Players in the Super Bowl rarely get out to see the sights, but this group, with the issues they champion so embroidered in the dialogue of the N.F.L., said they were determined to make Atlanta’s civil rights history part of their experience.
Another reminder of the tension between protest and change was on display a few miles away, at the High Museum of Art. There, an exhibit by Glenn Kaino, a conceptual artist from Los Angeles, brings to life the one-armed salute by the sprinter Tommie Smith at the Olympic Games in Mexico City in 1968. The decision by Smith and his teammate, John Carlos, to raise their clenched fists while wearing black gloves on the winner’s podium remains one of the most iconic gestures in sports and beyond.
Through prints, sculpture, video and items from Smith’s archives, the exhibit entitled, With Drawn Arms, shows how Smith, a world-record holder before the Olympics, was outspoken on issues of social injustice well before he raised his fist. It also showed how his views were framed by the media. One set of panels shows the cover of Newsweek magazine from July, 1968, with Smith’s photo and a headline, the Angry Black Athlete.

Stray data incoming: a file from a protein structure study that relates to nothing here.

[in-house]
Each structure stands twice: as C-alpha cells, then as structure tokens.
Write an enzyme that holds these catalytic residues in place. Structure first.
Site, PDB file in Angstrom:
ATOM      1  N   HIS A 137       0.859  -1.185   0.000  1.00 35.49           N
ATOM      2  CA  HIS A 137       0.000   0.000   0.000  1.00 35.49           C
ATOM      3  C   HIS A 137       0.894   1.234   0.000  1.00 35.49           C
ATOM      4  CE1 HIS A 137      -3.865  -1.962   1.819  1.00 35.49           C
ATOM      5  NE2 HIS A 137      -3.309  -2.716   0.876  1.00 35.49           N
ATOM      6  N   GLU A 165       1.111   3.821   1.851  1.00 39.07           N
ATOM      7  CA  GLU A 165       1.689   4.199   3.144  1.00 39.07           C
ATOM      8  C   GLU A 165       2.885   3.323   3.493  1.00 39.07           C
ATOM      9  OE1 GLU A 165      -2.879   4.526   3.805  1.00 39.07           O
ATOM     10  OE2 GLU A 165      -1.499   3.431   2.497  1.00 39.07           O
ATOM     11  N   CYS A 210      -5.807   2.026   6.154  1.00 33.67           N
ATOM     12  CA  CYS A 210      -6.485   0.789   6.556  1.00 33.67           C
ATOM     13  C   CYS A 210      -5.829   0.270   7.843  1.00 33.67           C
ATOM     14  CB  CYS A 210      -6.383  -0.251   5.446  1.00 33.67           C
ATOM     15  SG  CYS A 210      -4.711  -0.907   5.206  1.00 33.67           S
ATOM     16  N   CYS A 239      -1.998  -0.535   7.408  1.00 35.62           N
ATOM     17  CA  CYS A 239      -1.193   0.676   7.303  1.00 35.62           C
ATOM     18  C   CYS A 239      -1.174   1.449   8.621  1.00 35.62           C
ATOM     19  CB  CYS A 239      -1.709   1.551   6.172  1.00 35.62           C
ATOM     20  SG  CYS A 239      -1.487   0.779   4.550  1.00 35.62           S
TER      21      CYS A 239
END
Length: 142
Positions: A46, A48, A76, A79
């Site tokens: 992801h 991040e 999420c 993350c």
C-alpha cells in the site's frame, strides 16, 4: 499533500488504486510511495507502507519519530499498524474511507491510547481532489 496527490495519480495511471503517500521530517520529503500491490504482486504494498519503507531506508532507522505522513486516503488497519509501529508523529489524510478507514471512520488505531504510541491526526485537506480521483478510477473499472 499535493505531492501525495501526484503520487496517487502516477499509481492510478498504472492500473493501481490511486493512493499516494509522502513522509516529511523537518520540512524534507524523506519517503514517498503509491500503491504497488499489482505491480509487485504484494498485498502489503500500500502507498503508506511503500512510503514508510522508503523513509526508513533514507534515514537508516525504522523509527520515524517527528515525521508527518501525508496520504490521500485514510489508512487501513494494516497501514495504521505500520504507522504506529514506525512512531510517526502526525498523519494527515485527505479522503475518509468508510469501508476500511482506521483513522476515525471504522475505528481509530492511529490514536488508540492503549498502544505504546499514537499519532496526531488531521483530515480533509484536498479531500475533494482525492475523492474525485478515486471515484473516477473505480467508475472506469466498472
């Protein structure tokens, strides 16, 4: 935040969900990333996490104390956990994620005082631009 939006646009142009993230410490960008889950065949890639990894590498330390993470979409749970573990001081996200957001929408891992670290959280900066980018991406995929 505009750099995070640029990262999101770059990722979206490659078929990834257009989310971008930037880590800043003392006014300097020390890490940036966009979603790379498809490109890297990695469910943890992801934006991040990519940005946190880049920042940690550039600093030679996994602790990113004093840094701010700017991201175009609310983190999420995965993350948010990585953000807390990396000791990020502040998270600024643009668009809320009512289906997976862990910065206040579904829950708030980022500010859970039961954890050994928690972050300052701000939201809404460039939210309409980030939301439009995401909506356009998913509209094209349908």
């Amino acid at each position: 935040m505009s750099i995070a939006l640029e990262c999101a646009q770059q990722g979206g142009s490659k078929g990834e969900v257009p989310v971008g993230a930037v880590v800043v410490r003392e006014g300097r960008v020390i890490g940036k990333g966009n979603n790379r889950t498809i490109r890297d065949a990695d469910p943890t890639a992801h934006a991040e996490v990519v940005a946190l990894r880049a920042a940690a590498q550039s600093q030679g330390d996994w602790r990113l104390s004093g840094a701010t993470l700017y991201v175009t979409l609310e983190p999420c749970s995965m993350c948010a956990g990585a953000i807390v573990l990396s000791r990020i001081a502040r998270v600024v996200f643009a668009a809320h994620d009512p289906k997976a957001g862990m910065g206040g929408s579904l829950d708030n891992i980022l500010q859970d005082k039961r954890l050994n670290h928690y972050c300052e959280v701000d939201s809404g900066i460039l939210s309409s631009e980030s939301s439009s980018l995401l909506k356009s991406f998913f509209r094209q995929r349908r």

A four-minute trailer for an accompanying documentary played on a screen nearby. In one sequence, Smith and his wife, Delois, are in the White House with President Obama. In another, Smith — who lives about 20 miles from Atlanta — hugs Kaepernick.
“Tommie represents a historical moment that has a greater meaning about what went on around it,” said Michael Rooks, the curator of the exhibit, which was extended for the Super Bowl. The controversy over Kaepernick’s decision to kneel “is in the present and volatile and very much a moving target on where it will go, where the NFL will go as a policy, what it will mean for fans.”
In a large room with 144 gold-plated casts of Smith’s arm, suspended from the ceiling and arranged like a 100-foot long parabola, Enrique Beher, a cook, and Jaelyn Sims, a 20-year old student, said they were impressed with Smith’s powerful gesture, but also reminded of the debate Kaepernick started in the N.F.L.
“People think fighting for civil rights is about being against America,” Sims said. “But kneeling because you want America to be better, how is that not American?”